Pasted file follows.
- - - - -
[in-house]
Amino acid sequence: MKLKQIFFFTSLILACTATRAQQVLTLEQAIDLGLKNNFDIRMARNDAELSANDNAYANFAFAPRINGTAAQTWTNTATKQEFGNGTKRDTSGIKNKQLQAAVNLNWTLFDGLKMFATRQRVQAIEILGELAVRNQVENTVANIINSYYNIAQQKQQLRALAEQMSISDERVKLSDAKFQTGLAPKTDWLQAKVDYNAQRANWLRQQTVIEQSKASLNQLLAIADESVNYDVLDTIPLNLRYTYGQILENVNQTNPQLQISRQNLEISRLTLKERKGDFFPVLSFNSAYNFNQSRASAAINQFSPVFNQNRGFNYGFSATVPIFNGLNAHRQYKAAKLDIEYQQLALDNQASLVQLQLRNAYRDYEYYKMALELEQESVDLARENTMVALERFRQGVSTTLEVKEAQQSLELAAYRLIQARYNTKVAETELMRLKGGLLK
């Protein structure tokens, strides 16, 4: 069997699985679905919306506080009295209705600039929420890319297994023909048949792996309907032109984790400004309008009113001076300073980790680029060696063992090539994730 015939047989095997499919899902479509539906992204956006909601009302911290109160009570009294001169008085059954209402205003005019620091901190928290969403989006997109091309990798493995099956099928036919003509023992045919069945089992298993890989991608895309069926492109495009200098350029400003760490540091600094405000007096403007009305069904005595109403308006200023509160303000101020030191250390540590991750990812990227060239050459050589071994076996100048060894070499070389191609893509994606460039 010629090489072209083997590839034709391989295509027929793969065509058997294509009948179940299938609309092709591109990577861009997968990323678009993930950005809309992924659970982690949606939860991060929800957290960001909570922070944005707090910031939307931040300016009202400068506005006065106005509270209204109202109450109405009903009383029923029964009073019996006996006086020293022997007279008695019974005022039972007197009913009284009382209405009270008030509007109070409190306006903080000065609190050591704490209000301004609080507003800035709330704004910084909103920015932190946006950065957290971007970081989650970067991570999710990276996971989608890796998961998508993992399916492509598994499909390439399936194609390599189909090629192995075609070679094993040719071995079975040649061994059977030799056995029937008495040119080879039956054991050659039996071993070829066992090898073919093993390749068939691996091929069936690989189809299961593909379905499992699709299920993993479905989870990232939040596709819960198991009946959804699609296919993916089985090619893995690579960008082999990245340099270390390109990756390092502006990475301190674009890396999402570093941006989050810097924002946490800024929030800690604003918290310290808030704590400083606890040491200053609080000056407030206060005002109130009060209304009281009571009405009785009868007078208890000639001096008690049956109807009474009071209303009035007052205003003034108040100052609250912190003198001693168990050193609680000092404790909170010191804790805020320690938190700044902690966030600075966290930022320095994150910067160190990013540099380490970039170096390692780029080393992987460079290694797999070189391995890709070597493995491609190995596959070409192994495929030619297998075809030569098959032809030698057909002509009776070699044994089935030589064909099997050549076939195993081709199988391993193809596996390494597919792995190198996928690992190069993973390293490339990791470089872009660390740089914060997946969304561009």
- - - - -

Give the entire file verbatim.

[in-house]
Amino acid sequence: MKLKQIFFFTSLILACTATRAQQVLTLEQAIDLGLKNNFDIRMARNDAELSANDNAYANFAFAPRINGTAAQTWTNTATKQEFGNGTKRDTSGIKNKQLQAAVNLNWTLFDGLKMFATRQRVQAIEILGELAVRNQVENTVANIINSYYNIAQQKQQLRALAEQMSISDERVKLSDAKFQTGLAPKTDWLQAKVDYNAQRANWLRQQTVIEQSKASLNQLLAIADESVNYDVLDTIPLNLRYTYGQILENVNQTNPQLQISRQNLEISRLTLKERKGDFFPVLSFNSAYNFNQSRASAAINQFSPVFNQNRGFNYGFSATVPIFNGLNAHRQYKAAKLDIEYQQLALDNQASLVQLQLRNAYRDYEYYKMALELEQESVDLARENTMVALERFRQGVSTTLEVKEAQQSLELAAYRLIQARYNTKVAETELMRLKGGLLK
């Protein structure tokens, strides 16, 4: 069997699985679905919306506080009295209705600039929420890319297994023909048949792996309907032109984790400004309008009113001076300073980790680029060696063992090539994730 015939047989095997499919899902479509539906992204956006909601009302911290109160009570009294001169008085059954209402205003005019620091901190928290969403989006997109091309990798493995099956099928036919003509023992045919069945089992298993890989991608895309069926492109495009200098350029400003760490540091600094405000007096403007009305069904005595109403308006200023509160303000101020030191250390540590991750990812990227060239050459050589071994076996100048060894070499070389191609893509994606460039 010629090489072209083997590839034709391989295509027929793969065509058997294509009948179940299938609309092709591109990577861009997968990323678009993930950005809309992924659970982690949606939860991060929800957290960001909570922070944005707090910031939307931040300016009202400068506005006065106005509270209204109202109450109405009903009383029923029964009073019996006996006086020293022997007279008695019974005022039972007197009913009284009382209405009270008030509007109070409190306006903080000065609190050591704490209000301004609080507003800035709330704004910084909103920015932190946006950065957290971007970081989650970067991570999710990276996971989608890796998961998508993992399916492509598994499909390439399936194609390599189909090629192995075609070679094993040719071995079975040649061994059977030799056995029937008495040119080879039956054991050659039996071993070829066992090898073919093993390749068939691996091929069936690989189809299961593909379905499992699709299920993993479905989870990232939040596709819960198991009946959804699609296919993916089985090619893995690579960008082999990245340099270390390109990756390092502006990475301190674009890396999402570093941006989050810097924002946490800024929030800690604003918290310290808030704590400083606890040491200053609080000056407030206060005002109130009060209304009281009571009405009785009868007078208890000639001096008690049956109807009474009071209303009035007052205003003034108040100052609250912190003198001693168990050193609680000092404790909170010191804790805020320690938190700044902690966030600075966290930022320095994150910067160190990013540099380490970039170096390692780029080393992987460079290694797999070189391995890709070597493995491609190995596959070409192994495929030619297998075809030569098959032809030698057909002509009776070699044994089935030589064909099997050549076939195993081709199988391993193809596996390494597919792995190198996928690992190069993973390293490339990791470089872009660390740089914060997946969304561009």